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Warmer-than-average summer expected for southern Alberta: ECCC

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Summer is just about in full swing with temperatures set to reach more than 20 C over the next few days, but Environment and Climate Change Canada (ECCC) says things may only get hotter from here.

Long-term forecasts are predicting southern Alberta and the rest of the Prairies will have a warmer-than-average summer.

"We certainly do expect a warming. That warming is going to tend to dry out soils, dry out forests as we move into the future," said Nathan Gillett, a researcher at the Canadian Centre for Climate Modelling and Analysis.

Right now, there are 20 active wildfires in Alberta.

"Our colleagues at the Canadian Forest Service are predicting increased wildfire risk for the central part of Canada for the later part of the summer," Gillett said.

Most of the country will also experience higher-than-average temperatures this summer.

The only region expected to have average to below-average temperatures is coastal B.C.

City of Calgary administration recommends council approve bylaw changes for a permanent outdoor water scheduling program this summer.

It would see households able to water their lawns between the hours of 8 p.m. and 10 a.m. twice a week or for three hours each of those two days.

"Our projection of getting two million people, it's going to be a lot faster than we ever imagined," Coun. Terry Wong said.

"So therefore, again, that demand that we put on our supply is critical."

Coun. Sonya Sharp says council will look at the recommendations next week, after a committee meeting pushed it off from Tuesday.

"I think it's really important to conserve water in general, just like we conserve electricity, or running things at certain times a day," she said.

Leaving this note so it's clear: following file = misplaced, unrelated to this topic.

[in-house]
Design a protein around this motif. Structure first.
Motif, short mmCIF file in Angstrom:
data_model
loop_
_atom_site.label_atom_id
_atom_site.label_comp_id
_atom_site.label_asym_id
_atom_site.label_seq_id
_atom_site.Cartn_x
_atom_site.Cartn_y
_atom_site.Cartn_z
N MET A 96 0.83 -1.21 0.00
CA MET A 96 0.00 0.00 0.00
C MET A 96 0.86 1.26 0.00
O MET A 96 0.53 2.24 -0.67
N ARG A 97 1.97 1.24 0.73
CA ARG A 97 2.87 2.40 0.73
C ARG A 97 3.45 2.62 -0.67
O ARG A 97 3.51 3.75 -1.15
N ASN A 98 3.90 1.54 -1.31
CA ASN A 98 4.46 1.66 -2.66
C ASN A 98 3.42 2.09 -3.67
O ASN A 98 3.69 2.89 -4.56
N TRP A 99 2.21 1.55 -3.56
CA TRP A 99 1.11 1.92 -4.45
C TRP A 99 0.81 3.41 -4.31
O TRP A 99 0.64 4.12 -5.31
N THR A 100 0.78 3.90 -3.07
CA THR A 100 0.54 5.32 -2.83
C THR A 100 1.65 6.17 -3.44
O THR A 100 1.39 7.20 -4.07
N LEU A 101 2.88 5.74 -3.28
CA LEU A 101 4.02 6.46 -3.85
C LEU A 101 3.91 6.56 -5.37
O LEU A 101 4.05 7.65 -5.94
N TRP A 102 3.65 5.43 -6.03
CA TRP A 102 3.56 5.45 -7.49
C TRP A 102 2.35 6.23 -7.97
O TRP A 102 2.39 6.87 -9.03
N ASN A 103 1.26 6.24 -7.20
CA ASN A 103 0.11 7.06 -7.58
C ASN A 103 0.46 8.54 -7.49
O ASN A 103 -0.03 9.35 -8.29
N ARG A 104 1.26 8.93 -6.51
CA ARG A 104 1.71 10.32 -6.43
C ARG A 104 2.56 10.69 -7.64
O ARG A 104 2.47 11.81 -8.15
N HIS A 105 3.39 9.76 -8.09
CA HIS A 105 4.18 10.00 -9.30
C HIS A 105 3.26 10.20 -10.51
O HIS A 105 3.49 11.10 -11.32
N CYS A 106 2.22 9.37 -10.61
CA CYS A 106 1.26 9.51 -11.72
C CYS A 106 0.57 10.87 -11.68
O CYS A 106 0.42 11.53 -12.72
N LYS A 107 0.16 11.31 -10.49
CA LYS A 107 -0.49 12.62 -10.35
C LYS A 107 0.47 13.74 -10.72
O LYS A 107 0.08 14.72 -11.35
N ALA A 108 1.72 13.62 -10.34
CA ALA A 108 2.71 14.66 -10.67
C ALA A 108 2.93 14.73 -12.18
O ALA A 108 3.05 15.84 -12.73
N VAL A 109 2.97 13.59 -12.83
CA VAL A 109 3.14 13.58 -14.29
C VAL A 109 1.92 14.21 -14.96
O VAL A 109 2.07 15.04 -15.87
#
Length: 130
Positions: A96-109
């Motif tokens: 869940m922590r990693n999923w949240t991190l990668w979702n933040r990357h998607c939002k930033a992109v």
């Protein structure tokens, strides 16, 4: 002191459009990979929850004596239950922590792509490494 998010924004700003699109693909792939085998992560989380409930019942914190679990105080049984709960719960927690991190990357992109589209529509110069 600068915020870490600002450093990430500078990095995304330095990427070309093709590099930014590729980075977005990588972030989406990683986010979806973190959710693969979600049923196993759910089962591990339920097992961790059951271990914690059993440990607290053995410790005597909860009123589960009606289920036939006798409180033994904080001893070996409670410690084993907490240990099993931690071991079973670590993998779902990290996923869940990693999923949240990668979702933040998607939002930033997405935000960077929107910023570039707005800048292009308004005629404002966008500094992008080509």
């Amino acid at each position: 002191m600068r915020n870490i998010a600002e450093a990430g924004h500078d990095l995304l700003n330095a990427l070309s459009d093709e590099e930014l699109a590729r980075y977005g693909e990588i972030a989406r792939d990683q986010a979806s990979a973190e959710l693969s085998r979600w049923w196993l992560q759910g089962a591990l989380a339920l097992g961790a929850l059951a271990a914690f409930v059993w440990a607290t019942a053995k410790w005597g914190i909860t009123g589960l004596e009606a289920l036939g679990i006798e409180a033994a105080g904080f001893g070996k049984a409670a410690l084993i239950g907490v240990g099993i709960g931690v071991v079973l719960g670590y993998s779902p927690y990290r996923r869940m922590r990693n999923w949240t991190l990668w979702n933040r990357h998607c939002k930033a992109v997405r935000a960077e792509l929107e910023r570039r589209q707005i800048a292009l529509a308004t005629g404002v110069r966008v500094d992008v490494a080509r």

The emergency of a broken water main feeder line has the city on Stage 4 restrictions.

Acadia resident Dianne Duncan, who loves to garden, says she invested in artificial grass but her perennials and bushes still need a good soaking.

"We don't water these that often," she said.

"We've got a little round thing you put on the end of your hose, and you just let it drip in there, so we're not wasting the back-and-forth water."

She adds that the recommendations might be too little for many gardeners already facing a short summer season.

"Six (hours) might be a little low. probably eight, so if you want to water your stuff every other day," she said.

A hot summer does bode well for some outdoor attractions.

More people have been heading to the Nikka Yuko Japanese Garden in Lethbridge as the weather continues to warm up.

"There's more people coming every single time. The weather turns out great, then we have more private events that come here. Weddings, special events, daily programming, so this garden is definitely bumping this time of year," said Eric Granson, marketing and events manager for the garden.

While more people are making their way to the gardens, the busiest time of year is yet to come.

"July and August is our busiest time of year, which is why we also have a much larger attendance at that time as well. Also, an increase in our hours of operation. We're staying until 8 p.m. on Fridays and Saturdays in July and August as a result," Granson said. 

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